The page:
Kinship. The most important kin group is the extended family, which generally includes all known relatives. Although descent is not strictly lineal, the family name is traced patrilineally. However, relationship through the female line is acknowledged informally. If he has no male heir, a son may incorporate the name of his mother's family as his family name in a hyphenated form. Kin relationships are strongly Influenced by distance, stage of life, and closeness of relationship. In practice, the mother-daughter relationship dominates and it is around the wife's mother that much family activity is determined. Other members of the kin group are included if they live nearby. However, neighbors are very Important in providing companionship and social support, and these friendships are often maintained after a person has moved away.
Marriage. The emphasis on marital status has decreased in the last decade. Self-esteem and status are now determined by a career, whereas previously they centered on having a spouse and children. Today people often delay marriage and children until their career aspirations stabilize. Generally marriages are by the choice of the male and female. Abortion is legal and divorce is acceptable; both have increased in the postwar era.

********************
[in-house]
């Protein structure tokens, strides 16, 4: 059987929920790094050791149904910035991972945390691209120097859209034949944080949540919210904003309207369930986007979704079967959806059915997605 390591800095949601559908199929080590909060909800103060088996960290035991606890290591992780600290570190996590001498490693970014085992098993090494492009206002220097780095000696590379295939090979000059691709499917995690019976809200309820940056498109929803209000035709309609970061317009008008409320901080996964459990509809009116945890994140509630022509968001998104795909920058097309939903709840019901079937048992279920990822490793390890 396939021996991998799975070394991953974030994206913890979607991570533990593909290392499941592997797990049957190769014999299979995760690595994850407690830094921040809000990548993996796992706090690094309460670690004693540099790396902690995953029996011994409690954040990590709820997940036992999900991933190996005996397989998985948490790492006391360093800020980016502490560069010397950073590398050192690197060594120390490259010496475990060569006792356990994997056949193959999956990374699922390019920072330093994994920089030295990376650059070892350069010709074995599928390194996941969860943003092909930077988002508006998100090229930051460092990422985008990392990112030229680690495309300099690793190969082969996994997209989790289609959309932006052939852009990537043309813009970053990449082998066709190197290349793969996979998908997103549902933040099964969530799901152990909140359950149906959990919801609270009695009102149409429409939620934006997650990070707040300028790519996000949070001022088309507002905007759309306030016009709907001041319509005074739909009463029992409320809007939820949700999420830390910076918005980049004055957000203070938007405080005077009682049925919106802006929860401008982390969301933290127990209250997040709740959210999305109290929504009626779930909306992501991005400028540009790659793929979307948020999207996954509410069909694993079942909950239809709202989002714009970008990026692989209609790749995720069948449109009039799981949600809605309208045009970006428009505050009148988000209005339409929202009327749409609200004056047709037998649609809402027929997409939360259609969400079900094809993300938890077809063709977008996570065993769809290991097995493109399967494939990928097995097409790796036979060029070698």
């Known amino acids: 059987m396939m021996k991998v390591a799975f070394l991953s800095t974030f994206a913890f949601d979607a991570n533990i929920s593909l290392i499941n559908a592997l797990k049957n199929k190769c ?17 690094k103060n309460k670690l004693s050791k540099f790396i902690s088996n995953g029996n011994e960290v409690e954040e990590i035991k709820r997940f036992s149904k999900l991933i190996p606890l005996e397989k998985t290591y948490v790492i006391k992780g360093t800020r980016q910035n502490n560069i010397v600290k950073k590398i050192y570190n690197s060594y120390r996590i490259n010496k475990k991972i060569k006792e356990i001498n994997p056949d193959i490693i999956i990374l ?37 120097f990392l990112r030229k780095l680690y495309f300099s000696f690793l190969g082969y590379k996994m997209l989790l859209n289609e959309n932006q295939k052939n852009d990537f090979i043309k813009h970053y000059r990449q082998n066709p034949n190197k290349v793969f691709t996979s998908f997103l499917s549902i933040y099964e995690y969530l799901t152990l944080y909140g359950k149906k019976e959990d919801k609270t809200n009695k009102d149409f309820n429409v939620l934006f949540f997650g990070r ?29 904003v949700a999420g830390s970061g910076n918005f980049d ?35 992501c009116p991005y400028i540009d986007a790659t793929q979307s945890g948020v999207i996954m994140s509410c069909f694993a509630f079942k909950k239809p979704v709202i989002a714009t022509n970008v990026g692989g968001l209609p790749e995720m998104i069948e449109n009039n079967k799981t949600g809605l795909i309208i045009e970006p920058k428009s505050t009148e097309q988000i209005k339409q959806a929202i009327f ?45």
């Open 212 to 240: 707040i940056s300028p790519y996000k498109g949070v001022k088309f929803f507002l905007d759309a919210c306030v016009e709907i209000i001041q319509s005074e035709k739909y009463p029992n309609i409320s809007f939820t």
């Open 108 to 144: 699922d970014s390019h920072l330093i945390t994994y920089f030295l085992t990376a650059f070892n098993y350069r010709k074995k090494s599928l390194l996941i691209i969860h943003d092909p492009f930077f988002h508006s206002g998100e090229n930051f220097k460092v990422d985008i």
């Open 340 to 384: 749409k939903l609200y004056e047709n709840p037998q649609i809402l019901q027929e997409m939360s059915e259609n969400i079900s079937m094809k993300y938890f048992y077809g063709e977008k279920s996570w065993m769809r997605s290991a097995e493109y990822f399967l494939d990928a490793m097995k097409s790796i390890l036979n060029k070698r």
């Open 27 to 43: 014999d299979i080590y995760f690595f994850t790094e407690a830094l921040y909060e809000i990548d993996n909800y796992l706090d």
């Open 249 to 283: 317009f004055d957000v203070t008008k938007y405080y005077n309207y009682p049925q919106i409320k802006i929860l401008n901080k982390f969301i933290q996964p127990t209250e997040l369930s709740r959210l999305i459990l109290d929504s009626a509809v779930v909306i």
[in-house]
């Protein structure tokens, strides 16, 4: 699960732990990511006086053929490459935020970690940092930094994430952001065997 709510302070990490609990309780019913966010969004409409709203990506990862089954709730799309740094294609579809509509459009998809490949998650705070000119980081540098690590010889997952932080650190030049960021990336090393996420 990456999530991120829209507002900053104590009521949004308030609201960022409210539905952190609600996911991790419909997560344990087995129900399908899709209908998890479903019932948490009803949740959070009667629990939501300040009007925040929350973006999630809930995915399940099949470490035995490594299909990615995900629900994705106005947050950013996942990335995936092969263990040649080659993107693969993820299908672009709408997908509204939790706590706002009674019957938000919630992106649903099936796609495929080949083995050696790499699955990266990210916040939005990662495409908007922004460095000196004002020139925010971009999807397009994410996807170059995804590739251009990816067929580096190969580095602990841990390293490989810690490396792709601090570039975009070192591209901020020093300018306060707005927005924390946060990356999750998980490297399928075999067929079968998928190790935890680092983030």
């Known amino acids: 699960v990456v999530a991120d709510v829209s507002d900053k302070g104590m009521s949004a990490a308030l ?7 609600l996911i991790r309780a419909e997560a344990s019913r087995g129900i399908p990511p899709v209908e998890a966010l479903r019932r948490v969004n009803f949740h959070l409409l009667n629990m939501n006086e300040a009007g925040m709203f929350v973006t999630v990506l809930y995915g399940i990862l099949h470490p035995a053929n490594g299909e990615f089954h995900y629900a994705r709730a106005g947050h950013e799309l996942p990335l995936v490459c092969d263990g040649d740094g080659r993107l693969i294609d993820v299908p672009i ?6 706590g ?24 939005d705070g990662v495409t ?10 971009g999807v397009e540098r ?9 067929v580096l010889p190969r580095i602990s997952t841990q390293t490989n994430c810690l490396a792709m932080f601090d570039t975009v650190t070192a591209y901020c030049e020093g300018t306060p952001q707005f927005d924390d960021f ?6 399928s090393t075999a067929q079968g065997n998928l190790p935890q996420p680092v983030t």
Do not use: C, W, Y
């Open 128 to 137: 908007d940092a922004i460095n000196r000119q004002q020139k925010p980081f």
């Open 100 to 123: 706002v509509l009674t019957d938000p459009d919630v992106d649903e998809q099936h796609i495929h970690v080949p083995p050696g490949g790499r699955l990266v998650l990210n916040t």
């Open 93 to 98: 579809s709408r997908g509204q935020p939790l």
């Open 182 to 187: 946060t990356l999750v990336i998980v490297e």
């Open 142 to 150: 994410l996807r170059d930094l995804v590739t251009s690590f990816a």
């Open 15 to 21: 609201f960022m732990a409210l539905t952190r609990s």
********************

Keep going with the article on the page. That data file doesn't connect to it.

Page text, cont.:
Domestic Unit. The nuclear family is the most prevalent domestic unit. It consists of the mother, father, and juvenile children. During times when housing was scarce, it was Common for a newly married couple to live with the wife's family. Among the landed gentry residence for the eldest son was patrilocal while other offspring resided elsewhere.
Inheritance. Traditionally, inheritance was through the male line. The aristocracy maintained its wealth by a system of primogeniture, where the estate went to the eldest son. Other sons had to serve in the army, the church, or business, or vanish into obscurity or poverty. Now, inheritance is according to the wishes of the owner of the resources. He or she dictates the inheritance by a will or testament. If there is no will, it is probated in a court.
Socialization. Parents, peers, and media are three primary influences for socialization. Parents discipline, but corporal punishment is not acceptable. Evaluation by one's peers is important for English children. Television, videos, rock music, advertising, and other forms of popular media culture exert a strong influence on children.